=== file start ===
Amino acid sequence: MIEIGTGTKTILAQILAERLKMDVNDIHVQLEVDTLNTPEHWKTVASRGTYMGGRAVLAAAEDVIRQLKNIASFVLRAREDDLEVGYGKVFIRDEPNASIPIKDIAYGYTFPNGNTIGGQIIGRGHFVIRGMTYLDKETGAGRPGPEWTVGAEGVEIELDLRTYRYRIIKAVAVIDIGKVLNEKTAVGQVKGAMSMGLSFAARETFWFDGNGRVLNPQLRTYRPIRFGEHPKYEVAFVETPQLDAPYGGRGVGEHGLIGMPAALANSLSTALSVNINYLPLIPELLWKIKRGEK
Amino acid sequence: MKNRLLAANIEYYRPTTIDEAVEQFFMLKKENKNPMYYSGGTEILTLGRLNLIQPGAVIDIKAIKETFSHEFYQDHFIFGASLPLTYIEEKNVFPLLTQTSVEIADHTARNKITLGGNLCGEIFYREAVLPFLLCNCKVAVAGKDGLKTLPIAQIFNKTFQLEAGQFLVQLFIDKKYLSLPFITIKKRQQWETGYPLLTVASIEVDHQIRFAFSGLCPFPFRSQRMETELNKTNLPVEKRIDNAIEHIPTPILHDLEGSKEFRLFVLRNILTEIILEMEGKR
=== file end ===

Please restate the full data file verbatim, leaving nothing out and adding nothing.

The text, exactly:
Amino acid sequence: MIEIGTGTKTILAQILAERLKMDVNDIHVQLEVDTLNTPEHWKTVASRGTYMGGRAVLAAAEDVIRQLKNIASFVLRAREDDLEVGYGKVFIRDEPNASIPIKDIAYGYTFPNGNTIGGQIIGRGHFVIRGMTYLDKETGAGRPGPEWTVGAEGVEIELDLRTYRYRIIKAVAVIDIGKVLNEKTAVGQVKGAMSMGLSFAARETFWFDGNGRVLNPQLRTYRPIRFGEHPKYEVAFVETPQLDAPYGGRGVGEHGLIGMPAALANSLSTALSVNINYLPLIPELLWKIKRGEK
Amino acid sequence: MKNRLLAANIEYYRPTTIDEAVEQFFMLKKENKNPMYYSGGTEILTLGRLNLIQPGAVIDIKAIKETFSHEFYQDHFIFGASLPLTYIEEKNVFPLLTQTSVEIADHTARNKITLGGNLCGEIFYREAVLPFLLCNCKVAVAGKDGLKTLPIAQIFNKTFQLEAGQFLVQLFIDKKYLSLPFITIKKRQQWETGYPLLTVASIEVDHQIRFAFSGLCPFPFRSQRMETELNKTNLPVEKRIDNAIEHIPTPILHDLEGSKEFRLFVLRNILTEIILEMEGKR